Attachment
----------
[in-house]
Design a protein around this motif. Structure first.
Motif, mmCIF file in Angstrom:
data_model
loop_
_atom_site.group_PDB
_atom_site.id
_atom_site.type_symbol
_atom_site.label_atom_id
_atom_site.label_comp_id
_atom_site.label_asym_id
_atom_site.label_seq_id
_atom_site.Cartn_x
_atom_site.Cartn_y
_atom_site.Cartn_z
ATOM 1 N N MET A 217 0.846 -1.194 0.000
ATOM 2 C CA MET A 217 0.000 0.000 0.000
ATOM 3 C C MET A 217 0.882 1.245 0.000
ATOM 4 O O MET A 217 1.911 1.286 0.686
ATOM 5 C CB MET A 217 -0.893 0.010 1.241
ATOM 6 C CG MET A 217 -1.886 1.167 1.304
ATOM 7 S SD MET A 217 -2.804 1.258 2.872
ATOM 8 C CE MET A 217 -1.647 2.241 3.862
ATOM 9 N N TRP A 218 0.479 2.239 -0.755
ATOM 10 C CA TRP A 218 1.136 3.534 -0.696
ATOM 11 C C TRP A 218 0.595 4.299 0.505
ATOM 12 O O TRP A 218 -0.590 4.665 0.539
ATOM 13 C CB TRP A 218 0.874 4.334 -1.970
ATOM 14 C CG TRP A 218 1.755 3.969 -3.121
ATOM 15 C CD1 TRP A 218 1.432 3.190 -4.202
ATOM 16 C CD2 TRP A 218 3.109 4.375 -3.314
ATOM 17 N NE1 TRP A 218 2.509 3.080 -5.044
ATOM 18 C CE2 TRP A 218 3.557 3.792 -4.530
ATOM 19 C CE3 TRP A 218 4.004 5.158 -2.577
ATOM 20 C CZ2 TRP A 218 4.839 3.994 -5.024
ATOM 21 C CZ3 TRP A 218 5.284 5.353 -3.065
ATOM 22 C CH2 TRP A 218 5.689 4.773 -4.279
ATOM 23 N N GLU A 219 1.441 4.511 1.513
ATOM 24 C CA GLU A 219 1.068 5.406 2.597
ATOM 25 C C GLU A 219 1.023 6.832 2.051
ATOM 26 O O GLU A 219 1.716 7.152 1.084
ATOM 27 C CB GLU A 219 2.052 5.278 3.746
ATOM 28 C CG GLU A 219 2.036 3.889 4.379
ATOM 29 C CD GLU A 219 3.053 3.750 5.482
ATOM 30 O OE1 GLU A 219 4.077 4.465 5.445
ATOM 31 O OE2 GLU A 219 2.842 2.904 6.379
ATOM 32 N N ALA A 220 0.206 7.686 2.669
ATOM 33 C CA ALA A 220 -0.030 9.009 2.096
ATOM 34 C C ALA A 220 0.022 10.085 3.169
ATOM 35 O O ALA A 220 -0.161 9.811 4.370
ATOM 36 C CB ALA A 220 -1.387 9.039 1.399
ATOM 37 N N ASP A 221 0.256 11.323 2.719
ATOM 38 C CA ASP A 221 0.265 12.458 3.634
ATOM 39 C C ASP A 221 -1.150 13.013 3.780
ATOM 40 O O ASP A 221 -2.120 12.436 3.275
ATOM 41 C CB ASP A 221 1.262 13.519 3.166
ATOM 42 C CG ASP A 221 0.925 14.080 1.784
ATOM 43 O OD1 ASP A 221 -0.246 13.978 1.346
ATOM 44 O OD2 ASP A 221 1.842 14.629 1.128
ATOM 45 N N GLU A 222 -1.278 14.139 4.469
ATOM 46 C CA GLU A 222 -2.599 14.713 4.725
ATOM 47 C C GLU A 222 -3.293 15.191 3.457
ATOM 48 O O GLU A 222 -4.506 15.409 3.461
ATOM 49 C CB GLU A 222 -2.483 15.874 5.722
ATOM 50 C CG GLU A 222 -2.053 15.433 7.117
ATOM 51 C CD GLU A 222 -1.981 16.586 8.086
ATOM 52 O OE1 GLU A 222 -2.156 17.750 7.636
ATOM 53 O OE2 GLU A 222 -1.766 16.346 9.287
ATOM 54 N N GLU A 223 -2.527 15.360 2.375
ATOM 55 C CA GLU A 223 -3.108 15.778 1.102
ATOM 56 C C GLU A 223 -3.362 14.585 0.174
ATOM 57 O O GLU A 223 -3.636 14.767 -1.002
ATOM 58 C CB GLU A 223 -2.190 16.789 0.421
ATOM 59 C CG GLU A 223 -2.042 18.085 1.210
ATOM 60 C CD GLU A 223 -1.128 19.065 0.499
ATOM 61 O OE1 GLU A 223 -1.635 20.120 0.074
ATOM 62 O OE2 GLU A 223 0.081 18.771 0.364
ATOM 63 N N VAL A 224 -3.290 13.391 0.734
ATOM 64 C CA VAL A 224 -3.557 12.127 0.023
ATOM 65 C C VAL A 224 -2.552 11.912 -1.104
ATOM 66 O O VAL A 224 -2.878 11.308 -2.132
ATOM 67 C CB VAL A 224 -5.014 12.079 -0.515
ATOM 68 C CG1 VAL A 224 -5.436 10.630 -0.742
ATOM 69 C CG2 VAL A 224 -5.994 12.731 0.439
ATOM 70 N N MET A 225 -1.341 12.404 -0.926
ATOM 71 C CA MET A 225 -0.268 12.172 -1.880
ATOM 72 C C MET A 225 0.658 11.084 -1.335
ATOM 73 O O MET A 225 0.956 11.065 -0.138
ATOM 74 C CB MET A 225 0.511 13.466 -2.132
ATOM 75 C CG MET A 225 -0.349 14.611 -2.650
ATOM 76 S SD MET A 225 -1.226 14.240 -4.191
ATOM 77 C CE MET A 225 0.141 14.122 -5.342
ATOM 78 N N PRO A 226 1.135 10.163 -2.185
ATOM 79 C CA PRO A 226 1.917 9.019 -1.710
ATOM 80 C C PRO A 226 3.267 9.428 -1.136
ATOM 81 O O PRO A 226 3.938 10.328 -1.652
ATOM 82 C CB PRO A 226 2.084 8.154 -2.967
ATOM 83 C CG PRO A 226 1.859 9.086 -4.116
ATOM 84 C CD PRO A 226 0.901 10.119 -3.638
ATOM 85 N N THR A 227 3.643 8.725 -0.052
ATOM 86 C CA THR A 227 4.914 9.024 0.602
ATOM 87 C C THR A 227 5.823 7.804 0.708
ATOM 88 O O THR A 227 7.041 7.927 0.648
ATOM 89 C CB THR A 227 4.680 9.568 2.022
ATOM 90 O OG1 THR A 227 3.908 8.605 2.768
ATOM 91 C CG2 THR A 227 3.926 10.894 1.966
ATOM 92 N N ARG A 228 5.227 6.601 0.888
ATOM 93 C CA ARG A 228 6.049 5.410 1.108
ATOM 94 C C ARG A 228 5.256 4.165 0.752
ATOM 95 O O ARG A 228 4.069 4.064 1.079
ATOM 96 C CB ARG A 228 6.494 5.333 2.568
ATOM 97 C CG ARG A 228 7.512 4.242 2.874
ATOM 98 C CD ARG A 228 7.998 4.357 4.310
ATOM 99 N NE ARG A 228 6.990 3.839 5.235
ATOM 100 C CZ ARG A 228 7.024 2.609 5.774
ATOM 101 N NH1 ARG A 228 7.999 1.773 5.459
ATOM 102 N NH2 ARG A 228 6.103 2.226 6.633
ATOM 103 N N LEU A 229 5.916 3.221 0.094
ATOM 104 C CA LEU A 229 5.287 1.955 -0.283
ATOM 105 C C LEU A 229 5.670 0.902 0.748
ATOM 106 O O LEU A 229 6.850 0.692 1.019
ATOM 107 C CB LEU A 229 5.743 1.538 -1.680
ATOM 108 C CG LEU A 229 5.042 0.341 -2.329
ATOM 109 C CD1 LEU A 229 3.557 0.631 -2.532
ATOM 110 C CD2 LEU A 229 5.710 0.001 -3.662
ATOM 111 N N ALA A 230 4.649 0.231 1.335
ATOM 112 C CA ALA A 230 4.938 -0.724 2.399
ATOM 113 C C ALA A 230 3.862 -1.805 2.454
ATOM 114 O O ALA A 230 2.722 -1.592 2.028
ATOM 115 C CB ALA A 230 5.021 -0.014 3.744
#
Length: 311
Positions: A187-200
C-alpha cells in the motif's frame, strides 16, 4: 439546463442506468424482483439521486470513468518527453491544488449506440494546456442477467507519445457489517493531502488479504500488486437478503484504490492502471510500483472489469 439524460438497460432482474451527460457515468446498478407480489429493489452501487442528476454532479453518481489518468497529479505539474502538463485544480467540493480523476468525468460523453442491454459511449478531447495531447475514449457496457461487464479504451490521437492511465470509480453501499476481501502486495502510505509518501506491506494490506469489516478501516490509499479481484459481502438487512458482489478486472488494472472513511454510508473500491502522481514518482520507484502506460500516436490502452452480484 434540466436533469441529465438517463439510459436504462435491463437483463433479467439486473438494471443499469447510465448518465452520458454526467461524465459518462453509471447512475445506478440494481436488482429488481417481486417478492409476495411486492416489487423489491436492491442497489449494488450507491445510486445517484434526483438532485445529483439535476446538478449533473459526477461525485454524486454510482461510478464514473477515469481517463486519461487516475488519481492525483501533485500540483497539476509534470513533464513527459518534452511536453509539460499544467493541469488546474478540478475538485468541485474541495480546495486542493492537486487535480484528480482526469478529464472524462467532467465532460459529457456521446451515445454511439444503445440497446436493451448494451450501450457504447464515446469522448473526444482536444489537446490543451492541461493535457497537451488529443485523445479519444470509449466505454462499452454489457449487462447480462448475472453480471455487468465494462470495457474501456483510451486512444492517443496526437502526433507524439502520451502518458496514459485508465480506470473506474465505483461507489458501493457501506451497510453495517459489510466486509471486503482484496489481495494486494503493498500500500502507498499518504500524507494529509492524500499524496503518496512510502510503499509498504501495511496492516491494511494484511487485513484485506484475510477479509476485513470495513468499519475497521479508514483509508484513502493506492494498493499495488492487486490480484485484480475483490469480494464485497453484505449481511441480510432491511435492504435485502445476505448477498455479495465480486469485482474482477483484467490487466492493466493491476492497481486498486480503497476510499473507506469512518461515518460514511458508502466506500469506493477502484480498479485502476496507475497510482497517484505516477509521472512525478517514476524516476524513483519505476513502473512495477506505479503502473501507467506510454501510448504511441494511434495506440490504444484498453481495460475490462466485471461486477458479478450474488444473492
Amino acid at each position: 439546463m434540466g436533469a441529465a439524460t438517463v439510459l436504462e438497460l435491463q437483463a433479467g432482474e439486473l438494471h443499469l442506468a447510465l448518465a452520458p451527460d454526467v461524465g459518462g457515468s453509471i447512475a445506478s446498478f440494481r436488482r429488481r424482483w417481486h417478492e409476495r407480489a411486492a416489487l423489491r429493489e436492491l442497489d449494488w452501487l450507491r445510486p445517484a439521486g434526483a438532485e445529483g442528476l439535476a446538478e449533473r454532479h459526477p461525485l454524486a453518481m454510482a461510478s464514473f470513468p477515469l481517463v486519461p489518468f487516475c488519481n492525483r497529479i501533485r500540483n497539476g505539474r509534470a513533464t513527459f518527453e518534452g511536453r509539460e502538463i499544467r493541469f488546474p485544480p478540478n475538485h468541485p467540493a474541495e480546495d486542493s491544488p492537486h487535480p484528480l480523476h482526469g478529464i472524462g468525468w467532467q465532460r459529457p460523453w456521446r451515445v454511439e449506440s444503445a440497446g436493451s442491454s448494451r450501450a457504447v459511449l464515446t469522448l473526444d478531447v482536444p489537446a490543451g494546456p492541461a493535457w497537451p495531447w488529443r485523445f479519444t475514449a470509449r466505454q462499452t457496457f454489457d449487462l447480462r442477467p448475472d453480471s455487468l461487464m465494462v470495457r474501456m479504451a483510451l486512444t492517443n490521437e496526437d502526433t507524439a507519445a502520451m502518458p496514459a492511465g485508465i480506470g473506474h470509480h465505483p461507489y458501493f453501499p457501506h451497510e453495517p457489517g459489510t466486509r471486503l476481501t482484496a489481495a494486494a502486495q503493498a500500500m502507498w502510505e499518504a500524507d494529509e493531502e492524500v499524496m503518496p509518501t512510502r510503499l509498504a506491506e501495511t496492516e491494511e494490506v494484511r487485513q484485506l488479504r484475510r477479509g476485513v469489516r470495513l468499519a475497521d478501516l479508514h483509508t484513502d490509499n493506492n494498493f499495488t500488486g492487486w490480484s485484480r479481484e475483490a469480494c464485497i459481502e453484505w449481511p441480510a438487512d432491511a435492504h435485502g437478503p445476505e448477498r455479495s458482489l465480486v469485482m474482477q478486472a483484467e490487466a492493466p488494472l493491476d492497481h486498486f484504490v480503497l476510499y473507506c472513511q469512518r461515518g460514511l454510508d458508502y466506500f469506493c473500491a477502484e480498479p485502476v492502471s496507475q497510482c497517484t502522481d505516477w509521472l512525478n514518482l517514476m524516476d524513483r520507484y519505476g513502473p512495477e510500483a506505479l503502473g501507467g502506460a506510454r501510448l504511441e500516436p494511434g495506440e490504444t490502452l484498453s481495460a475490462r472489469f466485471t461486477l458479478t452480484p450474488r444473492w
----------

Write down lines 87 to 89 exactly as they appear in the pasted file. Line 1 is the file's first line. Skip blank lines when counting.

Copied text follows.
ATOM 72 C C MET A 225 0.658 11.084 -1.335
ATOM 73 O O MET A 225 0.956 11.065 -0.138
ATOM 74 C CB MET A 225 0.511 13.466 -2.132